# Unit 3 the Characteristics of Electricity ( Pg 296 ) Day 1 Electrostatics - Study of Static Electricity Neutral Objects - Materials That Do Not Carry a Charge Conductors Allow Charges (Electrons) to Flow Through Them

Pages: 67 (13596 words) Published: April 7, 2013
Unit 3 The Characteristics of Electricity ( pg 296 )
Day 1
Electrostatics - study of static electricity
Neutral objects - materials that do not carry a charge
Conductors allow charges (electrons) to flow through them easily. E.g. metal Therefore no matter how hard that you rub a metal tap no static charge will build up because the electrons that you are giving the tap just keep on moving up the tap and down the water line until they reach a ground. Insulators do not allow charges to flow through them.  The charge builds up on its surface eg. Faraday Cage Both a positive and a negative charge can build up on ____________________ Only ______________ can obtain a static charge.

Conductors, Insulators and in – between (pg 308)
Conductivity is the ability of materials to allow electrons to move freely in them. Materials that hold onto their electrons and do not allow them to move easily are called electrical insulators.An electrical insulator is a solid, liquid, or gas that resists or blocks the movement of electrons. Dry wood, glass, and plastic are all examples of electrical insulators. An insulator can hold a static charge because static charges remain nearly fixed in place.

Since electrons cannot move through an insulator they can be very useful to us to protect us from shocks. For example a simple electric kettle would be very hazardous if the two wires that supplied electricity to it did not have a rubber coating over them See Table pg 308 for some common insulators and conductors. metals are good conductors since e’s can jump from one atom to the next rubber and plastics are insulators since they hold their e’s tightly Why do you get more shocks in the winter than in the summer?

This is because in winter the air is far dryer than in the summer and dry air is an insulator and therefore does not take any of the charges our body might pick up during the day. So when we go and touch another conductor (a door handle) ZAP we receive a shock. The Electrical Nature of Matter pg 301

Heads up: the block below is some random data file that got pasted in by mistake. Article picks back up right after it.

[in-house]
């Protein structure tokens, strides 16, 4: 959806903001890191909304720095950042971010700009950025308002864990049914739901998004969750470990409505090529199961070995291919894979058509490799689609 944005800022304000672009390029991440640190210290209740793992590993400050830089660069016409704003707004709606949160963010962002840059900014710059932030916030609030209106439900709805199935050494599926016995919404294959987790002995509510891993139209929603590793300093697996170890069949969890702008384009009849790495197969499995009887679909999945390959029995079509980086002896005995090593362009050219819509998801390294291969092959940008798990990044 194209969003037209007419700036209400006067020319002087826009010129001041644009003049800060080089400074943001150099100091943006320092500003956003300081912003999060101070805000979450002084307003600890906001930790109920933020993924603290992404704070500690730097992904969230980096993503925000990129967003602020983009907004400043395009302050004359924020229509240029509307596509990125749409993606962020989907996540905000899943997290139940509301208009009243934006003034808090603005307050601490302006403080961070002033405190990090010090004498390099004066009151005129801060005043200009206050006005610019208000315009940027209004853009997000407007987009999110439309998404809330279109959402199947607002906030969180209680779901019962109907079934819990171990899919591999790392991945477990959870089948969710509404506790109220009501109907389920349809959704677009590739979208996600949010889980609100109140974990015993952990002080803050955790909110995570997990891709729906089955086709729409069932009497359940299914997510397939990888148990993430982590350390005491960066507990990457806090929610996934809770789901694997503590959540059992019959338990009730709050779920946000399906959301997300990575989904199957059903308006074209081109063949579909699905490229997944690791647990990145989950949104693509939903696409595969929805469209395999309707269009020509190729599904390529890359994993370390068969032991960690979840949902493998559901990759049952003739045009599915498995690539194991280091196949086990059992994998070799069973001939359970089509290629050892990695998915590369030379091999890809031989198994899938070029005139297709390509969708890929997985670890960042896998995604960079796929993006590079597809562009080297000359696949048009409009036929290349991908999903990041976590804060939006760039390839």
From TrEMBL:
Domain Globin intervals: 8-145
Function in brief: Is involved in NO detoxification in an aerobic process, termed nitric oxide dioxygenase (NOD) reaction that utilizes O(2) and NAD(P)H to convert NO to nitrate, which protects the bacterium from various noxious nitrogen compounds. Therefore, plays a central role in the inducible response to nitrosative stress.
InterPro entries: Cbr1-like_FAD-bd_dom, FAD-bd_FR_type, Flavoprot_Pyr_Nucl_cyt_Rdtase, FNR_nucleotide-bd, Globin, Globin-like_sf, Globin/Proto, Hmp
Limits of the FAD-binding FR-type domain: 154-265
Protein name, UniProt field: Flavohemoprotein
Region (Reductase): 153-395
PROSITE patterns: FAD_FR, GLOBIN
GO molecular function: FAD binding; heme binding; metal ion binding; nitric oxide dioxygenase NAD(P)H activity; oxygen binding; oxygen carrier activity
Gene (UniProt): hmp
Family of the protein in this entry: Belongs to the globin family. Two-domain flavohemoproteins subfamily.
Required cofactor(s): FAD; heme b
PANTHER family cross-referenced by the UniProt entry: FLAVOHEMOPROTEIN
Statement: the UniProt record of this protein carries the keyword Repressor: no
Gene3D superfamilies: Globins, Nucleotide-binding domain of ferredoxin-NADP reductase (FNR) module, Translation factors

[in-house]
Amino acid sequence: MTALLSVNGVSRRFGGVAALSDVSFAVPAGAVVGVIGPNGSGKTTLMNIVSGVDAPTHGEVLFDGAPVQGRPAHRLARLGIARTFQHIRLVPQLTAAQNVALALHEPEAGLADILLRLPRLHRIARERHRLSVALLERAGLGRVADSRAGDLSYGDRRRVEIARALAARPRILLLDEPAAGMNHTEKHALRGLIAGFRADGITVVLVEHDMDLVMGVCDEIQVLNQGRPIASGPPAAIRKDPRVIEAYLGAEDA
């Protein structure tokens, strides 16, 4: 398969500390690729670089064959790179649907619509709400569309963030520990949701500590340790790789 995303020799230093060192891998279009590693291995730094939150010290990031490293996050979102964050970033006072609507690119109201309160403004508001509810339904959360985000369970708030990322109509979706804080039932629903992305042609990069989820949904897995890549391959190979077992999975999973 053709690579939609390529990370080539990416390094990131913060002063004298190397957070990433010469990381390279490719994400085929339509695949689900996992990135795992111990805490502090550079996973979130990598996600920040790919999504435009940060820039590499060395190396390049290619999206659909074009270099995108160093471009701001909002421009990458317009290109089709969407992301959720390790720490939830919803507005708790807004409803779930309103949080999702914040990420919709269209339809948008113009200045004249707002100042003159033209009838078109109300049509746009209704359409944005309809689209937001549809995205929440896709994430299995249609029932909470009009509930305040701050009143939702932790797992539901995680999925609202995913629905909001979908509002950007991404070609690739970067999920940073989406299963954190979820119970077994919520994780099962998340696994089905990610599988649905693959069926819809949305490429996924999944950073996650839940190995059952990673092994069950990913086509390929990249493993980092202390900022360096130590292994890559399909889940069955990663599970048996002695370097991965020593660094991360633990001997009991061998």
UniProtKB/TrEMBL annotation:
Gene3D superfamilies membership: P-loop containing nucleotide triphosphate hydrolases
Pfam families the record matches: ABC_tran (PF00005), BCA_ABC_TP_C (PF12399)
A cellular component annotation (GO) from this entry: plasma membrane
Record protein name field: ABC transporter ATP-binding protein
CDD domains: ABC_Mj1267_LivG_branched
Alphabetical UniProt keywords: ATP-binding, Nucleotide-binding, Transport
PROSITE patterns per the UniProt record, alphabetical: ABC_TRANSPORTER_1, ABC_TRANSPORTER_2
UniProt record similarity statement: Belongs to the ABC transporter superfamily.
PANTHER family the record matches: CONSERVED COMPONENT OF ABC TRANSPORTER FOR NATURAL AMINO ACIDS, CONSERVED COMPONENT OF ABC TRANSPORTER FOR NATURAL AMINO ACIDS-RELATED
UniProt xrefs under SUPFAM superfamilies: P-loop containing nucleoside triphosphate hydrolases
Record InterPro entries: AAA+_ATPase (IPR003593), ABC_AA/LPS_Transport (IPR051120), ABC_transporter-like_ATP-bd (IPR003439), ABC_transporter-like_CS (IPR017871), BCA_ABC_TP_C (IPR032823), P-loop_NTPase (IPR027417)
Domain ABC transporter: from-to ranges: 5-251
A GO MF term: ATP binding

electric charge- can be positive or negative
neutral - they have an even number of positives and negatives INCLUDEPICTURE "_themes/radius/aradbul1.gif" \* MERGEFORMATINET an object has a negative charge if it has more negatives than positives INCLUDEPICTURE "_themes/radius/aradbul1.gif" \* MERGEFORMATINET an object has a positive charge it it has fewer negatives than positives The Law of Electric Charges- like charges repel one another, unlike charges attract one another, charged objects are attracted to uncharged objects A Model for the Electrical Nature of Matter : The atom is composed of electric charges.  Protons – positive charge, found in nucleus, cannot move Neutrons- neutral charge, found in nucleus, cannot move

Electrons- negative charge, found orbiting nucleus, can move from atom to atom  A model for the electrical nature of matter.
All matter is made up of submicroscopic particles called atoms At the center of each atom is a nucleus, with two kinds of particles: the positively charged protons and the uncharged neutrons. Protons do not move from the nucleus when an atom becomes charged A cloud of negatively charged particles called electrons surround the nucleus. An electron has the same amount of charge as a proton, but the kind of charge is negative. When atoms become charged, only the electrons move from atom to atom. Like charges repel each other; Unlike charges attract each other. In some elements, such as copper, the nucleus has a weaker attraction for its electron than in others, and electrons are able to move freely from atom to atom. In other elements, such as sulfur, the electrons are strongly bound to each atom. In each atom, the number of electrons surrounding the nucleus equals the number of protons in the nucleus. A single atom is always electrically neutral. If an atom gains an extra electron, the net charge on the atom is 1- ,...